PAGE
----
I had – mistakenly – assumed that the rationale for the “Big 5” evaluation criteria was well understood. After so many years of use, it became almost second nature to use these criteria, as opposed to other options, in our evaluations. [Recent] discussions revealed that while the DAC evaluation criteria were indeed well known, the underlying rationale for using them was not.

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In previous blogs, I have discussed why after nearly 15 years, the time is ripe for the development community to revisit the DAC evaluation criteria. These criteria have been widely adopted, and today they largely govern how many institutions evaluate development projects and operations (see earlier blogs).

Recently I participated in a workshop organized by the DAC Evaluation Network to help shape the process of updating the evaluation criteria. It was a good discussion that built on previous conversations, recognized the need for action and some alignment among the participants around some of the issues, and took concrete steps towards broader consultation. Overall the meeting confirmed the need for a combination of three things: (1) genuine new criteria; (2) updating existing criteria; and (3) better implementation or application of what we have now.

The workshop made me realize that I had – mistakenly – assumed that the rationale for the “Big 5” evaluation criteria was well understood. After so many years of use, it became almost second nature to use these criteria, as opposed to other options, in our evaluations. The discussions revealed that while the DAC evaluation criteria were indeed well known, the underlying rationale for using them was not.

If we are going to revisit the criteria or test their continued “fit-for-purpose”, it is useful that we trace their origins. Not doing so would mean missing an important part of the conversation.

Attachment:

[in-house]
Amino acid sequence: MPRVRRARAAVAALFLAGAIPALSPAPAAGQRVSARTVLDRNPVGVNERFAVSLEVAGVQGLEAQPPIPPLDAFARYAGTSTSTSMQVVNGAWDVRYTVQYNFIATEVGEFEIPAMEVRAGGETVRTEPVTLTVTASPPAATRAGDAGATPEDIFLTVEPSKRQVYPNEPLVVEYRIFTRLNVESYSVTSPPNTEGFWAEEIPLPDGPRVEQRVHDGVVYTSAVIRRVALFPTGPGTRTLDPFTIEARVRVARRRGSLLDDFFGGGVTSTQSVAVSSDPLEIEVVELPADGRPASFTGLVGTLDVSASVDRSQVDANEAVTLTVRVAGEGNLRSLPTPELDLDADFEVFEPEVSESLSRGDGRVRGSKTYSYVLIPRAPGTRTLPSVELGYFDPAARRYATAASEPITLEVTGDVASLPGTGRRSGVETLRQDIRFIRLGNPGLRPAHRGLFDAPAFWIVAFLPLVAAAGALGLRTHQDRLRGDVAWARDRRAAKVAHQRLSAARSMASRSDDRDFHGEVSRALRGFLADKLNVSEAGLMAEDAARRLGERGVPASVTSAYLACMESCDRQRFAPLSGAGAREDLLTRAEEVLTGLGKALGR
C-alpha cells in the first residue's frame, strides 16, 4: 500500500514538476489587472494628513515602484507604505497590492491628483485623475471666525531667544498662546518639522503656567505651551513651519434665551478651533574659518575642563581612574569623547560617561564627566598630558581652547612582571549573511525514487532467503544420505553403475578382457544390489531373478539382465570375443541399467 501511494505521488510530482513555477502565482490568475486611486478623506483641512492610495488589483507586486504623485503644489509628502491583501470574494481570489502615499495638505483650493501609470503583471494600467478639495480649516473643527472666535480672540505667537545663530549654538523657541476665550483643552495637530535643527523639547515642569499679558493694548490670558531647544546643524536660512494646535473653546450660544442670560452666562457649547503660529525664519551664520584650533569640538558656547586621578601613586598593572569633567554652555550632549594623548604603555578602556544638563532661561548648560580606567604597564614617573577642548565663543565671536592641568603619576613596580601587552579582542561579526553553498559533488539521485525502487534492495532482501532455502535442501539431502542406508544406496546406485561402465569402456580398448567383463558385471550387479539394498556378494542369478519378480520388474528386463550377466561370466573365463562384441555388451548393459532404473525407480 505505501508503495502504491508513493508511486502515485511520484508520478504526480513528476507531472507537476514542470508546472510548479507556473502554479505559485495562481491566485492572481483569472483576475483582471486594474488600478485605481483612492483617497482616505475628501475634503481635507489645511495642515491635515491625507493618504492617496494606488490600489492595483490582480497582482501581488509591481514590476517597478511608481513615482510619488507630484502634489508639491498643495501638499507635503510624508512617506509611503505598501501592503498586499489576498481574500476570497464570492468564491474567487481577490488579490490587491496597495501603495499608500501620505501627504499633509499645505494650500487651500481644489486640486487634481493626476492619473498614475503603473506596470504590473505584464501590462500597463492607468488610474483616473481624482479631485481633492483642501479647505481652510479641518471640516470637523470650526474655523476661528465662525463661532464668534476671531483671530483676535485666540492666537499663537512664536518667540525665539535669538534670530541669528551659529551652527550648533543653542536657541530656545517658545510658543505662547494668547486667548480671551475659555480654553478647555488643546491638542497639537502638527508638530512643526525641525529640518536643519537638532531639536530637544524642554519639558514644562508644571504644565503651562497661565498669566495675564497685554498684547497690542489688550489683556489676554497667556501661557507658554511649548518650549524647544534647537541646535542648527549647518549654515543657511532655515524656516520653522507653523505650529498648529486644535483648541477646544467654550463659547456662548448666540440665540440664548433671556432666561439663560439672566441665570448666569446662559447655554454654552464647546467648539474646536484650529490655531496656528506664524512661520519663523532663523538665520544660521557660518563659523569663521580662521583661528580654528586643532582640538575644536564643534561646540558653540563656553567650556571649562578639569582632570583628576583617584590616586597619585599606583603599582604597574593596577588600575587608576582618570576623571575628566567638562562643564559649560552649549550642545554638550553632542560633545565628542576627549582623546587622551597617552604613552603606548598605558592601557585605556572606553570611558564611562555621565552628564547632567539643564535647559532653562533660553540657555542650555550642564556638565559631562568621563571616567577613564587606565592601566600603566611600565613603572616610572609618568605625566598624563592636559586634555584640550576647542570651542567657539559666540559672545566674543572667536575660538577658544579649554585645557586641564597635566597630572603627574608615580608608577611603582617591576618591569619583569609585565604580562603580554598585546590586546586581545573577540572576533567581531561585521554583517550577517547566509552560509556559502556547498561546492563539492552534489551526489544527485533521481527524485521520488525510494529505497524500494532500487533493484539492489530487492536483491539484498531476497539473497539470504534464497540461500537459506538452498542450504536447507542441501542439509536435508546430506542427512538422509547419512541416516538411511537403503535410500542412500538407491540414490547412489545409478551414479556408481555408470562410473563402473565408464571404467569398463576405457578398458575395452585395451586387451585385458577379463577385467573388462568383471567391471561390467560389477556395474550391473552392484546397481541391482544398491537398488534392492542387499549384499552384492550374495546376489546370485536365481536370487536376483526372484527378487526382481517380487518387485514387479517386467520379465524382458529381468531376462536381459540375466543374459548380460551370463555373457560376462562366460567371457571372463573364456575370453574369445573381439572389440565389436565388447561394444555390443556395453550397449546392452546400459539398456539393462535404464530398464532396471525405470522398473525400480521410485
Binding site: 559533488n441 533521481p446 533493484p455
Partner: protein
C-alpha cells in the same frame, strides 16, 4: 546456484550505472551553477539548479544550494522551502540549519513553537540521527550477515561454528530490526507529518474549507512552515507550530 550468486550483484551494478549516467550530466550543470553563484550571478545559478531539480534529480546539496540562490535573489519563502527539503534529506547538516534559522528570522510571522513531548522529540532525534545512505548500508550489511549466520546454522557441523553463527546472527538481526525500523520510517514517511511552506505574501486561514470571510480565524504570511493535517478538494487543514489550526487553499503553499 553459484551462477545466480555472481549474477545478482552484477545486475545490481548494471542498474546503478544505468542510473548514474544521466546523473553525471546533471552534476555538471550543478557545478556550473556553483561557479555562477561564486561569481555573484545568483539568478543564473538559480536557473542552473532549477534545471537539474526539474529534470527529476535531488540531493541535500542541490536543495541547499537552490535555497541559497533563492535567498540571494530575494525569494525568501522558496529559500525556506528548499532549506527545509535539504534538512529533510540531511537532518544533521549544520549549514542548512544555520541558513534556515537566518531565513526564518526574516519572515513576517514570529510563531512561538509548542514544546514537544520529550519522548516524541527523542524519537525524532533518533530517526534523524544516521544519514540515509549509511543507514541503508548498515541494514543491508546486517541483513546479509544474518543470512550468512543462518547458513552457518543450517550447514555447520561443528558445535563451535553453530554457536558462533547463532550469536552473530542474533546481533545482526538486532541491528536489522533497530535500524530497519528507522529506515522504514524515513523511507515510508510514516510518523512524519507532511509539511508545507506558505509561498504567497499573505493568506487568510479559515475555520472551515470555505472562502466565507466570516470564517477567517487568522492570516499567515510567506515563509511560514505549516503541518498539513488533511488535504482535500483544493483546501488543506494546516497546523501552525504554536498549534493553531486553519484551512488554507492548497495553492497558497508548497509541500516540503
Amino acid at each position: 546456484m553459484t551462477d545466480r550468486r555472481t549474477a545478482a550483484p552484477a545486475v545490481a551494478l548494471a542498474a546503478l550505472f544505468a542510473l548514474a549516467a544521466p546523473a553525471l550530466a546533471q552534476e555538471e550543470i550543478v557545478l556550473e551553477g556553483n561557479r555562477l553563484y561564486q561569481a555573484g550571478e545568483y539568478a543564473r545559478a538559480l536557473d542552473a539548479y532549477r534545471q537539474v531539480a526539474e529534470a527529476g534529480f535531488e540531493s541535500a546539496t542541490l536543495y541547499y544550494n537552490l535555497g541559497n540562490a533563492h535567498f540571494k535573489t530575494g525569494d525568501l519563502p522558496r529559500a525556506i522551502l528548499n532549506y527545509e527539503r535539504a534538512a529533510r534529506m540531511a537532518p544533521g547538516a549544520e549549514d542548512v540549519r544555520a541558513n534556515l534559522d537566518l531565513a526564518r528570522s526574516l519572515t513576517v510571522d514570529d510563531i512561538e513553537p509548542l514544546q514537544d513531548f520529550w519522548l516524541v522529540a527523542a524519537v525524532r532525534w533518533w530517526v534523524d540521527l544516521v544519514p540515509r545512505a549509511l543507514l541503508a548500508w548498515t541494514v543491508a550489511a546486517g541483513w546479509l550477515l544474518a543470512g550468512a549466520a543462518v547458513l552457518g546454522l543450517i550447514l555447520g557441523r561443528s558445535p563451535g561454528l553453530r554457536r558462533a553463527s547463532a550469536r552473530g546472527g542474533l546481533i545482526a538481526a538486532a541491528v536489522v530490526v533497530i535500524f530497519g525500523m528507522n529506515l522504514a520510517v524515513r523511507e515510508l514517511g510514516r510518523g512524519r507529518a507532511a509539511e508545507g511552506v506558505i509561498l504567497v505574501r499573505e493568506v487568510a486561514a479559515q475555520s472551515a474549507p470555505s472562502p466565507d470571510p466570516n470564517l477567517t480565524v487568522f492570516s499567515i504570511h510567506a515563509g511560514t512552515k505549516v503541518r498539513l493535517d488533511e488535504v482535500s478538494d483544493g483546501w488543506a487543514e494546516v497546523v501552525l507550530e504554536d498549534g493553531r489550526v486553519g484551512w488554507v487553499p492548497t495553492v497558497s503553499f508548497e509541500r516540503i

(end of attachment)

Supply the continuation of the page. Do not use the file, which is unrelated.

In this blog, I try to address this gap, at least in part.

How the DAC Evaluation Criteria Emerged

The underlying assumption at the time was that “aid” should help “recipient countries” achieve positive development results. To do so, aid needed to be

  • Relevant → address actual needs, align with country policies, and comparative advantages of the agency;
  • Effective → attain objectives that were agreed among the stakeholders that are working together to carry out the intervention;
  • Efficient → make the best use of scarce resources so that the country and its people got the most benefits from the intervention;
  • Impactful → produce effects beyond the objectives of the intervention; and
  • Sustainable → have lasting effects that would continue benefitting the recipient country and its people where the intervention was carried out.

Given this context, the ongoing conversation around rethinking the evaluation criteria is based on the premise that the world has changed and requires evaluation to adjust its evaluation criteria. The reason: to ensure evaluation incentivizes development practices that promise success in terms of lasting, positive results for partner countries.

So, what does that mean for the evaluation criteria? Is each of them sufficient to determine success or failure?

My take on how they could be improved reaffirms that they provide a strong foundation, but can be improved through revisions, additions, and improved practices.